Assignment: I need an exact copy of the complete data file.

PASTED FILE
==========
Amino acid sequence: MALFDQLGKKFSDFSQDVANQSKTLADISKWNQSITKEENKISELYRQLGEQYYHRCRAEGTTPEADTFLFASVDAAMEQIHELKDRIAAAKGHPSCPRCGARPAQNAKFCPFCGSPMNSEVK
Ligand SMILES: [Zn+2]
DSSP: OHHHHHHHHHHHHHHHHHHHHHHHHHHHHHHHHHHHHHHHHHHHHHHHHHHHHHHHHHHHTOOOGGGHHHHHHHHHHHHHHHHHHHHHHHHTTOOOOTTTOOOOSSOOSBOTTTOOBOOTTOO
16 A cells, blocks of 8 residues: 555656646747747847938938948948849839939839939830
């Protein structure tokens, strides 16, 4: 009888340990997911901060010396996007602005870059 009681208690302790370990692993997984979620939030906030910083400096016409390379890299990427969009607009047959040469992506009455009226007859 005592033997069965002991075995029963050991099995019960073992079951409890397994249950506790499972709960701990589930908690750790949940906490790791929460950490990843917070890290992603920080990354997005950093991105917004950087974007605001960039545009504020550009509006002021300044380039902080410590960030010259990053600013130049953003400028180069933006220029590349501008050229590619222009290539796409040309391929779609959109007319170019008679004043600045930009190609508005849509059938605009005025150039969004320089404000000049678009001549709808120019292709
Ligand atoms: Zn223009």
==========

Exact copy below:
Amino acid sequence: MALFDQLGKKFSDFSQDVANQSKTLADISKWNQSITKEENKISELYRQLGEQYYHRCRAEGTTPEADTFLFASVDAAMEQIHELKDRIAAAKGHPSCPRCGARPAQNAKFCPFCGSPMNSEVK
Ligand SMILES: [Zn+2]
DSSP: OHHHHHHHHHHHHHHHHHHHHHHHHHHHHHHHHHHHHHHHHHHHHHHHHHHHHHHHHHHHTOOOGGGHHHHHHHHHHHHHHHHHHHHHHHHTTOOOOTTTOOOOSSOOSBOTTTOOBOOTTOO
16 A cells, blocks of 8 residues: 555656646747747847938938948948849839939839939830
């Protein structure tokens, strides 16, 4: 009888340990997911901060010396996007602005870059 009681208690302790370990692993997984979620939030906030910083400096016409390379890299990427969009607009047959040469992506009455009226007859 005592033997069965002991075995029963050991099995019960073992079951409890397994249950506790499972709960701990589930908690750790949940906490790791929460950490990843917070890290992603920080990354997005950093991105917004950087974007605001960039545009504020550009509006002021300044380039902080410590960030010259990053600013130049953003400028180069933006220029590349501008050229590619222009290539796409040309391929779609959109007319170019008679004043600045930009190609508005849509059938605009005025150039969004320089404000000049678009001549709808120019292709
Ligand atoms: Zn223009």